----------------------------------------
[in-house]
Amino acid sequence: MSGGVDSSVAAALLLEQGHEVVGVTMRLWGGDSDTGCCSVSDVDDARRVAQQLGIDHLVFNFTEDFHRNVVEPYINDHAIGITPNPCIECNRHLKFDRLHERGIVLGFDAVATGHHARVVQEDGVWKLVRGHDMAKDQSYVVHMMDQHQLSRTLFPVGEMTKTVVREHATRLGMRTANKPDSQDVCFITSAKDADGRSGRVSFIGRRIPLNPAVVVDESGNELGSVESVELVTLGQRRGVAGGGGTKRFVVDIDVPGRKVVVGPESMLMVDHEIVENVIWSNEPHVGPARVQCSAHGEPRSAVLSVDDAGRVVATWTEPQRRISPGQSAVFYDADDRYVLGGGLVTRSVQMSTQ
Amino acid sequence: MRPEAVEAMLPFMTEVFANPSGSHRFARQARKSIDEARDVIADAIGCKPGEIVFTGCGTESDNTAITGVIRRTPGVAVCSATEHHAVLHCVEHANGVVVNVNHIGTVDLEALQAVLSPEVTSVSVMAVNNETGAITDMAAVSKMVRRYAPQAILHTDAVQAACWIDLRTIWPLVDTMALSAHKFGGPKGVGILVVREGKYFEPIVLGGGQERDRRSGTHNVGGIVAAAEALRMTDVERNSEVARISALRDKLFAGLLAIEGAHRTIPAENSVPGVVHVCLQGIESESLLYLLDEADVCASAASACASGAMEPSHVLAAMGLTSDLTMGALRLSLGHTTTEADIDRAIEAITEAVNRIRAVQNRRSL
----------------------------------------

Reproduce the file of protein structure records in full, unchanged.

[in-house]
Amino acid sequence: MSGGVDSSVAAALLLEQGHEVVGVTMRLWGGDSDTGCCSVSDVDDARRVAQQLGIDHLVFNFTEDFHRNVVEPYINDHAIGITPNPCIECNRHLKFDRLHERGIVLGFDAVATGHHARVVQEDGVWKLVRGHDMAKDQSYVVHMMDQHQLSRTLFPVGEMTKTVVREHATRLGMRTANKPDSQDVCFITSAKDADGRSGRVSFIGRRIPLNPAVVVDESGNELGSVESVELVTLGQRRGVAGGGGTKRFVVDIDVPGRKVVVGPESMLMVDHEIVENVIWSNEPHVGPARVQCSAHGEPRSAVLSVDDAGRVVATWTEPQRRISPGQSAVFYDADDRYVLGGGLVTRSVQMSTQ
Amino acid sequence: MRPEAVEAMLPFMTEVFANPSGSHRFARQARKSIDEARDVIADAIGCKPGEIVFTGCGTESDNTAITGVIRRTPGVAVCSATEHHAVLHCVEHANGVVVNVNHIGTVDLEALQAVLSPEVTSVSVMAVNNETGAITDMAAVSKMVRRYAPQAILHTDAVQAACWIDLRTIWPLVDTMALSAHKFGGPKGVGILVVREGKYFEPIVLGGGQERDRRSGTHNVGGIVAAAEALRMTDVERNSEVARISALRDKLFAGLLAIEGAHRTIPAENSVPGVVHVCLQGIESESLLYLLDEADVCASAASACASGAMEPSHVLAAMGLTSDLTMGALRLSLGHTTTEADIDRAIEAITEAVNRIRAVQNRRSL